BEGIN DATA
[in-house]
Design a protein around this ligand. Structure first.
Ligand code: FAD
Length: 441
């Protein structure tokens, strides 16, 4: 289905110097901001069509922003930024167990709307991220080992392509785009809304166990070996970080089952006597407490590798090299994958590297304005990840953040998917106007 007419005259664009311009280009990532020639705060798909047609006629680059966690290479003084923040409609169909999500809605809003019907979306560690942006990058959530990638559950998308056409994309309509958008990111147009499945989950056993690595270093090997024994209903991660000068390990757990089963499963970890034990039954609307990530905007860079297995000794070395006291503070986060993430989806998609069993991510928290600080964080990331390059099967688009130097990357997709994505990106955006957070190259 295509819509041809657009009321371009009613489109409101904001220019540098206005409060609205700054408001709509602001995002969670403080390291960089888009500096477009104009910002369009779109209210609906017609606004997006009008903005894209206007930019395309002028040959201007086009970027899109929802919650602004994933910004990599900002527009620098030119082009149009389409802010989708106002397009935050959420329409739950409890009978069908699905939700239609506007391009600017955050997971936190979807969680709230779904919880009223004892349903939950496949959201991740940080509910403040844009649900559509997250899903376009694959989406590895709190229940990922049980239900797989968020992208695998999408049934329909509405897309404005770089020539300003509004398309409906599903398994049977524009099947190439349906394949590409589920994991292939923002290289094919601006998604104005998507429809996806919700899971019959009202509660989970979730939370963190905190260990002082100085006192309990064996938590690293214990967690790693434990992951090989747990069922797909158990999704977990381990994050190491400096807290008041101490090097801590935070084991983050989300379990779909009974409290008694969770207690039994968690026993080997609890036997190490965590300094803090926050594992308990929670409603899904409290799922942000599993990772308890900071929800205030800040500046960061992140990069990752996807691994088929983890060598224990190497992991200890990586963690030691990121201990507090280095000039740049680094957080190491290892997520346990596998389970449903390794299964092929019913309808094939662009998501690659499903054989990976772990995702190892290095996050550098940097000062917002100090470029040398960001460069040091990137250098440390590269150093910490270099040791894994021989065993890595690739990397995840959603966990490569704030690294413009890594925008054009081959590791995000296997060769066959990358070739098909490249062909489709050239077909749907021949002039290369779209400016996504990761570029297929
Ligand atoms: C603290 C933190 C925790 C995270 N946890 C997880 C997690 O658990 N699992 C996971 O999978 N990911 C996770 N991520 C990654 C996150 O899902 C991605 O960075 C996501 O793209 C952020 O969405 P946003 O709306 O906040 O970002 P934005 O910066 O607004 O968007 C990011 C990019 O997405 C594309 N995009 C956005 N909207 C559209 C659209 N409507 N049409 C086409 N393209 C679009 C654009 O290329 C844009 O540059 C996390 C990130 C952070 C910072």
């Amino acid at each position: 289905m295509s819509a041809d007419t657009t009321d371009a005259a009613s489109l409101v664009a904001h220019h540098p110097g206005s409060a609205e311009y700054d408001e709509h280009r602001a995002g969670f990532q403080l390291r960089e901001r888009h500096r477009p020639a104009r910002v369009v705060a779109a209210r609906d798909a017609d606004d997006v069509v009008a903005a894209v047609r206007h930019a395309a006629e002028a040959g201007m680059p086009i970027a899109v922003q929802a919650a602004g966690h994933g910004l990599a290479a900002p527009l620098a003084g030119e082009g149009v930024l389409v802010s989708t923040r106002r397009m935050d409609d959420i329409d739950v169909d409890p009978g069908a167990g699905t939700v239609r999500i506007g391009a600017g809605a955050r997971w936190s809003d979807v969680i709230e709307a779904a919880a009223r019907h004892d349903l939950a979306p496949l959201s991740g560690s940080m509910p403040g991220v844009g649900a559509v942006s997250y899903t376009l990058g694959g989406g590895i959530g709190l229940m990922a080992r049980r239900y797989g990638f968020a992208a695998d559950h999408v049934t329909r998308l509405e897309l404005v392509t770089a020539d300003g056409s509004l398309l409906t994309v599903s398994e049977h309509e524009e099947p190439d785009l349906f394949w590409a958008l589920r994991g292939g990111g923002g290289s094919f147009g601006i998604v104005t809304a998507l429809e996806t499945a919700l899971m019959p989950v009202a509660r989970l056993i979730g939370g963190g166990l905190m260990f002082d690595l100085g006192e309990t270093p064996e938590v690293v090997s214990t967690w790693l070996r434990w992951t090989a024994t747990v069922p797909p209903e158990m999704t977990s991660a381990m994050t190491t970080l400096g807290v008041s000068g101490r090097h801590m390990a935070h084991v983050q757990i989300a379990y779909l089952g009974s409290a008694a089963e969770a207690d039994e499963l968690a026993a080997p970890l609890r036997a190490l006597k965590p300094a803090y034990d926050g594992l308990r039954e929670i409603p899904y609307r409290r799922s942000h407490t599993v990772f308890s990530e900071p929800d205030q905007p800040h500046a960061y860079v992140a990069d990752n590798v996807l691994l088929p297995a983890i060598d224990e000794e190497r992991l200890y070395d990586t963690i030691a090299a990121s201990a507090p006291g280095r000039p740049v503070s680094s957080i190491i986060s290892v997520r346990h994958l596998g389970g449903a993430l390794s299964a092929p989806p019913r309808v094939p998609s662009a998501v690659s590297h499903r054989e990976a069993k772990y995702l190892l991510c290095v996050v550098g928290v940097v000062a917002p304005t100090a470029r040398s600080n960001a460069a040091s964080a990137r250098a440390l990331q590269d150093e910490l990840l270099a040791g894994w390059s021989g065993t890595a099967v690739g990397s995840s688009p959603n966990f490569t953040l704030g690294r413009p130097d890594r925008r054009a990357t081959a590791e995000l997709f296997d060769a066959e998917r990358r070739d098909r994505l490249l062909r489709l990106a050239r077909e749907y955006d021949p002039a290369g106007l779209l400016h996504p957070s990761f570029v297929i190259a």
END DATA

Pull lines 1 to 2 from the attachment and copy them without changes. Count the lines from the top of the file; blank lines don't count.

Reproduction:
[in-house]
Design a protein around this ligand. Structure first.